How COVID-19 has positively impacted the environment

Surrounded by negative news everywhere you turn? Yes, that’s me. Thank you COVID-19. There is one silver lining though in everything Corona has brought, it has massively helped the environment. 

Pollution levels 

New York’s pollution levels have plummeted by almost half due to the pandemic. The quality of ‘good air’ in 337 cities in China is up by 11.4% when compared to last year. Nitrogen dioxide (NO2) emissions are waning over Spain, Northern Italy and the UK. The improvement in air quality over the past month of the coronavirus lockdown has led to 11,000 fewer deaths from pollution in the UK and elsewhere in Europe, reveals The Centre for Research on Energy and Clean Air. 


Flying sends carbon dioxide (CO2) into the atmosphere and the lack of air travel is something that has dramatically improved the climate crisis. In fact, global demand for air travel is down 70% according to the International Air Transport Association. In March, aeroplane emissions fell by almost a third as the coronavirus lockdown grounded flights around the world. This is a drop in emissions equivalent of taking 6m cars off the road.


In Venice, the water in the canals has cleared and experienced greater water flow and visibility of fish (not to mention dolphins as well). The Venice mayor’s office has announced that the increase in water clarity was due to the settling of sediment that is disturbed by boat traffic.


Cigarette smoking causes environmental pollution by releasing toxic air pollutants into the atmosphere. Cigarette butts also litter the environment and the toxic chemicals seep into waterways. New evidence suggests that 300,000 in the UK may have quit smoking during the coronavirus crisis.  A further 550,000 have also tried to quit according to Action on Smoking and Health.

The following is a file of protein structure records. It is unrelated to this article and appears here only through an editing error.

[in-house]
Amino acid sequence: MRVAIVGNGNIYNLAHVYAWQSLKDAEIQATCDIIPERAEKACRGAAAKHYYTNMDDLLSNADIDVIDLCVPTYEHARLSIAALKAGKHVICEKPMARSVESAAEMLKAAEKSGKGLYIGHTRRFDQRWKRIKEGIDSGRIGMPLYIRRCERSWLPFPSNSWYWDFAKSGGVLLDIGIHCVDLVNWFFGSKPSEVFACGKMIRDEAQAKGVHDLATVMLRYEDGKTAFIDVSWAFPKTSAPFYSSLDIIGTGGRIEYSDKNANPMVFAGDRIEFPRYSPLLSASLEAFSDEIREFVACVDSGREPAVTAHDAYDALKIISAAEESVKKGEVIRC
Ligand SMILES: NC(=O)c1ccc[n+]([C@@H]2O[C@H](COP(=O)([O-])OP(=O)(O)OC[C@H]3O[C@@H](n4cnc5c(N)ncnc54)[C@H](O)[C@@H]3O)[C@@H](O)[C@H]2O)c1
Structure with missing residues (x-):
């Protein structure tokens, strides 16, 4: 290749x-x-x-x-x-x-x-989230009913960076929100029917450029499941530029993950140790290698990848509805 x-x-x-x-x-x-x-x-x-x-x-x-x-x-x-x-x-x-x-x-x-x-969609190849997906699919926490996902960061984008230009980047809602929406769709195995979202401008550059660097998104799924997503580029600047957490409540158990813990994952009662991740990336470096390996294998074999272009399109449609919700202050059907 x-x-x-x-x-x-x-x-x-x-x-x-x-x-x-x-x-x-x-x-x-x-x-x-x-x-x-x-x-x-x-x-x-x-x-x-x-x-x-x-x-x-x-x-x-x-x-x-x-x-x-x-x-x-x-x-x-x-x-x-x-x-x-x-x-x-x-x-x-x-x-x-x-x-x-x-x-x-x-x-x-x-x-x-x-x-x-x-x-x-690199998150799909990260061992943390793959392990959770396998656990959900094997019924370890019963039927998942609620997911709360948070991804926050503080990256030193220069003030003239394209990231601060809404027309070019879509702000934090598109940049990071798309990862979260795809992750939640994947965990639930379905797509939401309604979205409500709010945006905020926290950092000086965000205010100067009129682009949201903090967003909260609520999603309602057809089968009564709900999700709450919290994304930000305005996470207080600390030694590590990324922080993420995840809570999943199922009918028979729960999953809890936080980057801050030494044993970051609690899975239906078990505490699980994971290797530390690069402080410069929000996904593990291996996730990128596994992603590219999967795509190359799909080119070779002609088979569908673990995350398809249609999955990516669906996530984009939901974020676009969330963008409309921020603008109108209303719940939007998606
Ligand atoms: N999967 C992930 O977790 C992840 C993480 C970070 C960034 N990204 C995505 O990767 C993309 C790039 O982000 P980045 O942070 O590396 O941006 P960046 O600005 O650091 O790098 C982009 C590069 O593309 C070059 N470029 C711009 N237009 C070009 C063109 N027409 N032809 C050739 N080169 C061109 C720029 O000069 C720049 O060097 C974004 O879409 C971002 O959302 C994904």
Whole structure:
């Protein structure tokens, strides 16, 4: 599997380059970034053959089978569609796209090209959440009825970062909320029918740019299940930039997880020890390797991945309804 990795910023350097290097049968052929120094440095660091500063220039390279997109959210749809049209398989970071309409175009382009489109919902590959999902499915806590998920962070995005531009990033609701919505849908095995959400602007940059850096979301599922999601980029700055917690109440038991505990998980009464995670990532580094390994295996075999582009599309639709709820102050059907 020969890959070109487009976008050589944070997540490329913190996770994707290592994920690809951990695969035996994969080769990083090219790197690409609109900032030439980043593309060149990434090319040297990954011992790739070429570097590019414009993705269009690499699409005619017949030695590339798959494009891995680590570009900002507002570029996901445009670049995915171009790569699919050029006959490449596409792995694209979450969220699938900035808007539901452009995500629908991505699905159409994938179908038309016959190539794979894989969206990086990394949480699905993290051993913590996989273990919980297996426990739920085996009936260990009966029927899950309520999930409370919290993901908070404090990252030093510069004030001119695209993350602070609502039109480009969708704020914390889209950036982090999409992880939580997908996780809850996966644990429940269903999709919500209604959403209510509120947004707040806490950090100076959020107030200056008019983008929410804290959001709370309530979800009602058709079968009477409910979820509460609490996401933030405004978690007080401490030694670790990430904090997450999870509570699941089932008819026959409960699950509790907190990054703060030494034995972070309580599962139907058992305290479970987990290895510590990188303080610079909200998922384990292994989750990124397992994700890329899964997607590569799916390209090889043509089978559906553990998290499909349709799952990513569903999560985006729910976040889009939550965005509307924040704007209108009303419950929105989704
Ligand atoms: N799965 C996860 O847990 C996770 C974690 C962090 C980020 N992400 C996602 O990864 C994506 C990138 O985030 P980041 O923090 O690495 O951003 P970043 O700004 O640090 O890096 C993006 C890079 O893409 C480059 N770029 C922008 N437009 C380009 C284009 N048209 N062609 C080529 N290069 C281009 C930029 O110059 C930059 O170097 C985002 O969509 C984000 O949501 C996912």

These are just a few examples of the positive environmental changes. Given that scientists have recently warned that we have less than ten years to reverse any damages, it is fantastic news. However, how long will these changes last?  There could be an almost ‘whiplash’ effect afterwards. It is no secret that isolation has caused a sense of ‘cabin fever’ in many of us. Once this is over, there’s likely to be an increase in travel within our own countries as well as internationally. 

Before you book that post-lockdown flight to somewhere warm and sunny, maybe think twice about what impacts this could have on the planet. One thing we can take from our current ‘normal’ is that we need to listen to what the experts say and not just in regards to our health. All they’re trying to is make the world a safer and happier place. 


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